New to the Levitating Leviathan – whoops sorry, Flying Fortress – I find myself already lost in the nebulous sea of what makes dieselpunk as it is. So, what better to hit things off with than comics?
Mr. Fortress is a good friend of mine who’s shown me some of the beauty that comes along with dieselpunk. But I have some different areas of interest as flyingfortress, and wish to shine some light on other aspects that have yet to be fully assimilated into what is considered diesel. I am first choosing to flesh out the idea on how much pulp magazines affected the formation of dieselpunk’s principles. I should warn those temporarily bound that this analysis deviates from what is a typically era-restricted dialogue as I attempt to look at the nascent concept of dieselpunk as exogenous of a particular time or place.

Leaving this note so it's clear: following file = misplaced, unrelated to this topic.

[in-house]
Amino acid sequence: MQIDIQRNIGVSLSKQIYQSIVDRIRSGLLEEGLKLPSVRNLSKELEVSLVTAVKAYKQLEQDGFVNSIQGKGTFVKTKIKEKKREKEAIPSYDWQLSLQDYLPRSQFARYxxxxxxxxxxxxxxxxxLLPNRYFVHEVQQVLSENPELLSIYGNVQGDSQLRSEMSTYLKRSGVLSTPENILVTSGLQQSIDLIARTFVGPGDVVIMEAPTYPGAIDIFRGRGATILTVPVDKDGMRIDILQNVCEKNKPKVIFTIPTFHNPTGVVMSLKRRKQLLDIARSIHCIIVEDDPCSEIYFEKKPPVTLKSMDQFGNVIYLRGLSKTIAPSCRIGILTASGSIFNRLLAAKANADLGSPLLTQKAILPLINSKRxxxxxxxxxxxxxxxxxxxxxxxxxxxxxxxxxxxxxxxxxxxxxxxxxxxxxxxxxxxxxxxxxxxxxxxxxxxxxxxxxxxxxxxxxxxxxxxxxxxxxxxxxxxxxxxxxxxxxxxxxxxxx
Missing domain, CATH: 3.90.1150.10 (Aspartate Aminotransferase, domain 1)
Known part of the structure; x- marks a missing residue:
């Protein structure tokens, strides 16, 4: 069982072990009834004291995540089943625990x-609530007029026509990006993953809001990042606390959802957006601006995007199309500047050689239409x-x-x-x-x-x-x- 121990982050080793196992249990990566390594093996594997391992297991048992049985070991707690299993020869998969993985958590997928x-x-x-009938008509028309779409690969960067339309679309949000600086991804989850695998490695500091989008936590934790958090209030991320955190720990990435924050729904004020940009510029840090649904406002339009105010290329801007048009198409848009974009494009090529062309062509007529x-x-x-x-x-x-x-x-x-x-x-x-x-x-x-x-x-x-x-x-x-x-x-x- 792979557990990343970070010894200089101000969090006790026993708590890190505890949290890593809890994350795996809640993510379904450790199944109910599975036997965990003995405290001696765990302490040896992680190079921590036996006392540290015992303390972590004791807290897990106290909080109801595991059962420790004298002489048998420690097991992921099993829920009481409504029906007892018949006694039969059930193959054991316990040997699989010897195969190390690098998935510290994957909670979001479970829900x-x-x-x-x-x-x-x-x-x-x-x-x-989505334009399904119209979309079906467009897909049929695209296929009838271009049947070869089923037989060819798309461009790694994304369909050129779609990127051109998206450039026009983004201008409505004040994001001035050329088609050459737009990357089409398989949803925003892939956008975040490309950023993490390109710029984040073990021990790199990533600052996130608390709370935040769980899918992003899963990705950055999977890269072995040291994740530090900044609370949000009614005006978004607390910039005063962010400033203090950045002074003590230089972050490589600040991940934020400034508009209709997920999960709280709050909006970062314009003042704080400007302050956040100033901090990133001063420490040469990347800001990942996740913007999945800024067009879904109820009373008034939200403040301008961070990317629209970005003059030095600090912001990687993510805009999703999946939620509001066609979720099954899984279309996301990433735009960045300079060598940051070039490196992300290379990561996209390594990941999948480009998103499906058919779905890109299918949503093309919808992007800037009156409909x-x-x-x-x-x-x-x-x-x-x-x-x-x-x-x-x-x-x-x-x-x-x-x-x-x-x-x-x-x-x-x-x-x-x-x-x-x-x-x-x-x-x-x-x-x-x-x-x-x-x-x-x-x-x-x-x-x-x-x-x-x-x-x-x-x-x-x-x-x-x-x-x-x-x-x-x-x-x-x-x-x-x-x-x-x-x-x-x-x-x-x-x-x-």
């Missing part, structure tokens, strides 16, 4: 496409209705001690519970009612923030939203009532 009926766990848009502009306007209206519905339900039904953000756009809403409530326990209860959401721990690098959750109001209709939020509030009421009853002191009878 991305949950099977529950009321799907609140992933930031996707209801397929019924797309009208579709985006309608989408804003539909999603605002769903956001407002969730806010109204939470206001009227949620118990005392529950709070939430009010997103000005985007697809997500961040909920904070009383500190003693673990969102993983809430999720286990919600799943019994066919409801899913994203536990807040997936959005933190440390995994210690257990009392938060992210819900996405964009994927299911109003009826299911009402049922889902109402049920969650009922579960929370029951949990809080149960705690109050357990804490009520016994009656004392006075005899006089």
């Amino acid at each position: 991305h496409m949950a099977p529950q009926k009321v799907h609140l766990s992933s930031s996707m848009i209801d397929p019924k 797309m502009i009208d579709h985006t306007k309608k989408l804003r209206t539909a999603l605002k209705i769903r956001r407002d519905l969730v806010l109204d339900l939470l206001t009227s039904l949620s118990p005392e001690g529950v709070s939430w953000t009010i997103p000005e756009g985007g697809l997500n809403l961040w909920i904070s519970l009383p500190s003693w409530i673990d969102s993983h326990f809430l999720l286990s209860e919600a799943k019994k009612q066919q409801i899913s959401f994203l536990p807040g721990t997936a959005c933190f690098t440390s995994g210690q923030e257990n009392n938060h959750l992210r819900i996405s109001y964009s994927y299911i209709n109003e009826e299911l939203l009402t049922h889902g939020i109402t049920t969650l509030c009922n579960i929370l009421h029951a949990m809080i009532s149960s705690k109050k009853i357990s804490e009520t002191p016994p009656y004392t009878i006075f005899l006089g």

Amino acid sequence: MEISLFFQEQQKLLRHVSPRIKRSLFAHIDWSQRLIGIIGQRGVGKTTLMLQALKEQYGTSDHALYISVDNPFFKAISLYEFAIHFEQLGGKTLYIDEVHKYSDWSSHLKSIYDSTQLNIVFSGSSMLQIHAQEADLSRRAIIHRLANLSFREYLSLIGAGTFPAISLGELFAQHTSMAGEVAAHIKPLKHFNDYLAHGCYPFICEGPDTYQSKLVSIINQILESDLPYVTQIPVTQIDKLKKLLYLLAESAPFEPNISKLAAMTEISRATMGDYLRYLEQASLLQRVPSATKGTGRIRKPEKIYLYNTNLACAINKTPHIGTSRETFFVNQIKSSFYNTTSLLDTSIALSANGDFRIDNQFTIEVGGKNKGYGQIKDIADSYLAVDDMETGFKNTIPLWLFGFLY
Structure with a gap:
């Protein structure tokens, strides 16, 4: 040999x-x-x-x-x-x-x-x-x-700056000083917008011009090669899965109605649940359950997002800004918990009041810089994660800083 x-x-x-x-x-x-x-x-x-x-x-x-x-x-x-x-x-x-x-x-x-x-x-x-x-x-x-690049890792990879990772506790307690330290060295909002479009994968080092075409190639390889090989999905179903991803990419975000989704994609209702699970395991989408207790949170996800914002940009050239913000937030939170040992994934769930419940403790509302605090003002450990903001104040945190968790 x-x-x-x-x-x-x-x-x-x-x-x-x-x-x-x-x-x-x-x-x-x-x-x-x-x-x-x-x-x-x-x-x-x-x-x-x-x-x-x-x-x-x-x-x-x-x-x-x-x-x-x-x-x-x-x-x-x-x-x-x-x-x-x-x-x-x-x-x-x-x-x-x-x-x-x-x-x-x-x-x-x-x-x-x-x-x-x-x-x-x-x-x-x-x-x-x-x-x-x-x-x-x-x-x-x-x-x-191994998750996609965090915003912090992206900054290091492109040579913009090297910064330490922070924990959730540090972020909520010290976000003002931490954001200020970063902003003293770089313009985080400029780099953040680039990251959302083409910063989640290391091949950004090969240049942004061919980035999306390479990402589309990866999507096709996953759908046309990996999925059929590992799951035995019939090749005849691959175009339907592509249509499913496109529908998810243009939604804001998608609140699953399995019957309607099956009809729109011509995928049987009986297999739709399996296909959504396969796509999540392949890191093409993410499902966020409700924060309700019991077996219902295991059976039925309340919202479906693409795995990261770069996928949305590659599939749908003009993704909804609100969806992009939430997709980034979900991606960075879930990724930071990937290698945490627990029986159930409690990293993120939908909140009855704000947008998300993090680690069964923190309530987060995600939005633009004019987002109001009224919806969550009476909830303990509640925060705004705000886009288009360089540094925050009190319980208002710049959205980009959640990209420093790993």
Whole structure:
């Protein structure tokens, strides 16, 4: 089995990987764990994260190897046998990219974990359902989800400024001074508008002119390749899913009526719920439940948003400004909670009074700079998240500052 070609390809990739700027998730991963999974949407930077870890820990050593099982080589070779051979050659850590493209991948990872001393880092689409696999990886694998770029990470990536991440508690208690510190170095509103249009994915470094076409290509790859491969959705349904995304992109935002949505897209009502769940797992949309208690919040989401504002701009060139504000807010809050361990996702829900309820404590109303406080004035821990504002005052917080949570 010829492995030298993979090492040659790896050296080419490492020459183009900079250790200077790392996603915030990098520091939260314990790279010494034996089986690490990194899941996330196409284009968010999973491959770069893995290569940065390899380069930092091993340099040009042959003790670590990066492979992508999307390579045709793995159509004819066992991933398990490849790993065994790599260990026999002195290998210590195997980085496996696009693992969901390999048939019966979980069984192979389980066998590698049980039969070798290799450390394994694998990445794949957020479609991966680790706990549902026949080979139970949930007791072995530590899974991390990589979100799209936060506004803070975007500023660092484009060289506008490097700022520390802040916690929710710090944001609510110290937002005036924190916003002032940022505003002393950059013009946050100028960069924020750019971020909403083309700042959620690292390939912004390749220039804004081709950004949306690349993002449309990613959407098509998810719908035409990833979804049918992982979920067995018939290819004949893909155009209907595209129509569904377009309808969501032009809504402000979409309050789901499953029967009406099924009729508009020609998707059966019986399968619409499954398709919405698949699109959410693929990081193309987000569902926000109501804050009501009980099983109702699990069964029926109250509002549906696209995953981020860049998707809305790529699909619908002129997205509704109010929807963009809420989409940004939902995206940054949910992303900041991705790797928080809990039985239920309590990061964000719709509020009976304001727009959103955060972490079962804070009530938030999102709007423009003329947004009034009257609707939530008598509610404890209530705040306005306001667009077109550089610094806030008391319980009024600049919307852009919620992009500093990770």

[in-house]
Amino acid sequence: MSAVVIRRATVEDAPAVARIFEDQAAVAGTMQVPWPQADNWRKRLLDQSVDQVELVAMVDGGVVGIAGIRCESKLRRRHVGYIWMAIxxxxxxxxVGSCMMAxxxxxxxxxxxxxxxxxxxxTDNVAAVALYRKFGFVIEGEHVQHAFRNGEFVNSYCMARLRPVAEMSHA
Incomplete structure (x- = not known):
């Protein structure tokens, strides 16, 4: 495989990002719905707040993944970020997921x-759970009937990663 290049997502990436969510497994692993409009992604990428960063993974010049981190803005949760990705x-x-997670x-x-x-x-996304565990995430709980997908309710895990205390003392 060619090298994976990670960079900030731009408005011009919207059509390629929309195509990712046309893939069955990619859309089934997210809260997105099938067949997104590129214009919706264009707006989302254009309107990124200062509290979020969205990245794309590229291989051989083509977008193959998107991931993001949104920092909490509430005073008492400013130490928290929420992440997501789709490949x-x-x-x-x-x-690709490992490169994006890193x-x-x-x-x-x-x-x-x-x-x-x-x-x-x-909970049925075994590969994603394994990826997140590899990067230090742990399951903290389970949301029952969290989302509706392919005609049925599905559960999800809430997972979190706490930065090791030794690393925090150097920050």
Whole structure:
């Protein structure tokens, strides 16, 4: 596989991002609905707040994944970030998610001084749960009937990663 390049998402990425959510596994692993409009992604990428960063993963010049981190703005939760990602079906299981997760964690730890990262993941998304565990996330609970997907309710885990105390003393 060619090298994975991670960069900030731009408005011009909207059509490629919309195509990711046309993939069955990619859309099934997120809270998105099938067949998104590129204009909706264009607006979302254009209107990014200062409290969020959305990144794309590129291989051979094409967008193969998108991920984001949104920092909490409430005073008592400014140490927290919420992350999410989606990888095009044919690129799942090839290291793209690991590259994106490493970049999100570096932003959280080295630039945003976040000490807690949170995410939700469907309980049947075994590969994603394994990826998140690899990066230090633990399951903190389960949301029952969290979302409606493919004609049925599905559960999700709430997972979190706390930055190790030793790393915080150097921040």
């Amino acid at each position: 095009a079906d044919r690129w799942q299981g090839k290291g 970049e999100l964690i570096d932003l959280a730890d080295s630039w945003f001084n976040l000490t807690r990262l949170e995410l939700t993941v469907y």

While having not exactly grown up on The Shadow, Lone Ranger, or Green Hornet as my father had, I and those of my generation had our own collection of fictional heroes to draw upon. But the buried history where your Spider-man and Incredible Hulk characters came from drove me to dig deeper into their pseudo-forefathers and to what extent the pulp medium ripples through time (e.g. Batman being an amalgamation of ‘The Black Bat’ and ‘The Shadow’). Pulp is a medium that was brought to an end – perhaps poetically – due to the restrictions put on paper materials for World War II. The unyielding adventure the stories held for audiences, the plain-spoken story-telling, and the breadth with which subject matters could be adapted into pulp were all facets cherished by fans of the medium in times where there were troubling global issues to handle. What does all this have to do with diesel you may ask? What remains of dieselpunk’s style, philosophy, and culture in modern times is just as important to the sentiment of diesel as is its roots in the 1930s and 40s.